Contributed by Julie Hanson, MS, LMFT
It would be nice if life presented itself as a clear-cut path with well-defined signs to clearly state what we should do (or not) at each fork in the road. The weather would always be beautiful. We’d always be enjoying our favorite foods while talking to our perfect families and friends. Great music would be playing as we spent the day doing work we loved and looked forward to evenings filled with activities we were passionate about. There wouldn’t be relationship problems, layoffs, health scares, or frustration with parenting. There would be no place for fear or sadness.
Unfortunately, life isn’t one giant sing-along, and ups and downs are a part of the human condition. Volumes have been written on how life works the way it does, but my understanding is that problems are really opportunities to access the inner resources we all have. Once someone claims his or her inner resources, the sky becomes the limit. The problem may not go away, and even if it does, new ones will be on the horizon, but what we do in the meantime will make all the difference.
We all have an inner “anchor,” that small voice that is ready and willing to guide us if only we allow ourselves to listen. It is wise, strong, and kind, and represents the inner wisdom that resides in every human. It will guide us in precisely the right direction. Unfortunately, it can be hard to hear in the midst of our stress. It’s often drowned out by the negative things we believe about ourselves and our circumstances. The good news is we all have the capacity to clear the space and allow it to make itself heard.
Two steps that can help you access your inner anchor: cultivating more self-compassion and establishing a daily time for mindfulness.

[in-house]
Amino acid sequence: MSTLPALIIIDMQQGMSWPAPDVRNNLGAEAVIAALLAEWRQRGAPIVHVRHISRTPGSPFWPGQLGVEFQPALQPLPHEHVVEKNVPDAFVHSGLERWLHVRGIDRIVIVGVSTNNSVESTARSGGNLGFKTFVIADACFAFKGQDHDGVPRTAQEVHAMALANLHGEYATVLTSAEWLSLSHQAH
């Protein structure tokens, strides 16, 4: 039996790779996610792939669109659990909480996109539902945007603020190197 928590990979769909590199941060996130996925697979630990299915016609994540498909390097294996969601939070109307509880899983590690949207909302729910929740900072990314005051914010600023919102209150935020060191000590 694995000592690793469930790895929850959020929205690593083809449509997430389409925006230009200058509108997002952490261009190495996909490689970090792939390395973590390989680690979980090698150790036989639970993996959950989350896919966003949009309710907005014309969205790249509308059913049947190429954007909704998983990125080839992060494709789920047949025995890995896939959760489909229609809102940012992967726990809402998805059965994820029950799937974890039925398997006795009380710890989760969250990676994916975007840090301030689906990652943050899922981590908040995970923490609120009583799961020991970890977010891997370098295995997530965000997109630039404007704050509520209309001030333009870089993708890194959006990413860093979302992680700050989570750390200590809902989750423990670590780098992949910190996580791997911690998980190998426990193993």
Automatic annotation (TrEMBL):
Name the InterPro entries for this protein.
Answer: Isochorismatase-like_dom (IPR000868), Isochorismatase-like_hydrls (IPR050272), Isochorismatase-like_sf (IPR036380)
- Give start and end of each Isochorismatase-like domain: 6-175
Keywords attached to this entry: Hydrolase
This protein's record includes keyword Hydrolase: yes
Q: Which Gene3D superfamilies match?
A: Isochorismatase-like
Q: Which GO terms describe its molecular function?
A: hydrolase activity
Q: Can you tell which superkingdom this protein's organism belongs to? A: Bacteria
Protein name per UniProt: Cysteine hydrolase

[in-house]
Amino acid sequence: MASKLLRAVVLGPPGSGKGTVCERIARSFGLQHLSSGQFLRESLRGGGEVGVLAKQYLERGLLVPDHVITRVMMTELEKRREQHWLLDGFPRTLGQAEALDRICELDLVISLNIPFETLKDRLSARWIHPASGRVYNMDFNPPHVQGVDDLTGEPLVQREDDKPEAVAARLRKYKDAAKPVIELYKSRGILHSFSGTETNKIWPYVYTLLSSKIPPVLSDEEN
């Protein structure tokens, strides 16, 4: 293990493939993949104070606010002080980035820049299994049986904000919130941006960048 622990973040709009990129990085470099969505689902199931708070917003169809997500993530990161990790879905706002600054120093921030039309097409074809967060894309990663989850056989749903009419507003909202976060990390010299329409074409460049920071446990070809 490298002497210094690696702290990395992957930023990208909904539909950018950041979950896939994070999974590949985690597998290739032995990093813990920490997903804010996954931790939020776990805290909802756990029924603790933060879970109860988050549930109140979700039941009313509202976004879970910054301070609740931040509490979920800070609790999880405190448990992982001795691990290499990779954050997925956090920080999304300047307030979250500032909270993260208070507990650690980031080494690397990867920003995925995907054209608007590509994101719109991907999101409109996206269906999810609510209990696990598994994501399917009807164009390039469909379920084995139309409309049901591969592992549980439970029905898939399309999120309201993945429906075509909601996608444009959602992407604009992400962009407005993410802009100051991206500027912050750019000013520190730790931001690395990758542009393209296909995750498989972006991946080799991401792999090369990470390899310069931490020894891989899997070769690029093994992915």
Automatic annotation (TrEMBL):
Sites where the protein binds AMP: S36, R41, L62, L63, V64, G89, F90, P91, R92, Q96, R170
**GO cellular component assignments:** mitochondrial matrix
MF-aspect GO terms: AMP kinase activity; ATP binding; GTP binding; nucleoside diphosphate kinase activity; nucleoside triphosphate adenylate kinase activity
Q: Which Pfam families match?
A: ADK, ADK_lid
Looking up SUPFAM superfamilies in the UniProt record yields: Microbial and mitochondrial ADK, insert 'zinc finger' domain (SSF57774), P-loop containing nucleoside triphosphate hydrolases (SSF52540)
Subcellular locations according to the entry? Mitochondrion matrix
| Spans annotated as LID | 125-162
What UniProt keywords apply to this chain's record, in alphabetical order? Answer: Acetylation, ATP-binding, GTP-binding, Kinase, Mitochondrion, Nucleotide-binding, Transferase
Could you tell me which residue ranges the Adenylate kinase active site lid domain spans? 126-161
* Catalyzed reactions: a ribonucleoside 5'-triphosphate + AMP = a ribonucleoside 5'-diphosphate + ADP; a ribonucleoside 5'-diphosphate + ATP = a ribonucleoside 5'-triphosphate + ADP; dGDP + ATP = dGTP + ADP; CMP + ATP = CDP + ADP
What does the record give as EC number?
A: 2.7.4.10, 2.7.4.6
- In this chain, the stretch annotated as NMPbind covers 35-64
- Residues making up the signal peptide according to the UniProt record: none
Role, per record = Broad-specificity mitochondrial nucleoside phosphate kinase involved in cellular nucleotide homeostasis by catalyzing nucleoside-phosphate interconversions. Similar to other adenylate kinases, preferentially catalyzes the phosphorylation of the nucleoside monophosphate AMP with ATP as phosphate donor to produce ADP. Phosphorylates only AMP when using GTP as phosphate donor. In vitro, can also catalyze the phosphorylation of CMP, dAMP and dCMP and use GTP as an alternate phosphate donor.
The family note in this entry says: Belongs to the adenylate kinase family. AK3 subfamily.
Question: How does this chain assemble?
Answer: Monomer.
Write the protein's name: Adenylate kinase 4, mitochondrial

- Believe that you are worth it. Lack of self-compassion lies at the heart of so much pain. Cultivating self-compassion starts with noticing how you react to yourself. When you make a mistake, do you blame or criticize yourself? What judgments do you place on yourself (how you look, how successful you are, the friends you have, etc.)? How does what you say or think about yourself make you feel? When you have a problem, do you stop to check in with your feelings or immediately go into panic mode to solve the issue. Once you have taken a look at your relationship with yourself, the next step is to imagine you have a friend who is experiencing the same struggles. What kinds of things would you say to comfort or support this friend? Would you criticize or blame him or her? Most likely, you would offer kind words and the recognition that everyone struggles. It’s also possible that you would cheer the person up, suggest giving himself or herself a break, or do something to take care of the person. At the very least, you would let the person know you care about him or her and are here to offer support. Giving yourself compassion means offering this same type of caring, reassuring support. Remind yourself that everyone deserves kindness. You are only human. Begin to notice when you fall into criticizing yourself, and practice replacing negativity with kindness. Start the day by telling yourself something positive about yourself instead of falling into old routines.
- Create a space to devote to yourself. Yes, this means adding it to your schedule. Five minutes a day (or even three) will do. Find a quiet spot and a comfortable position. Here’s a basic breathing practice to start with: Close your eyes and let your shoulders relax. Count to five as you inhale, letting your belly fill with breath. Count down from five as you exhale through your nose. Let your face relax with each exhalation. Repeat the inhale/exhale cycle 10 times. Keep it simple, but take the time each day to give yourself a breather. Mindfulness means being fully present right here, right now. There are countless ways to achieve this state, but simple and consistent is a surefire way to start on the path. Congratulate yourself for taking the time. Good job.
Remember, this is a practice, and it will take time and effort to establish—so be patient with the process. Over time, talking more kindly to yourself and creating a space for self-care will bring you into contact with your wise, inner voice.
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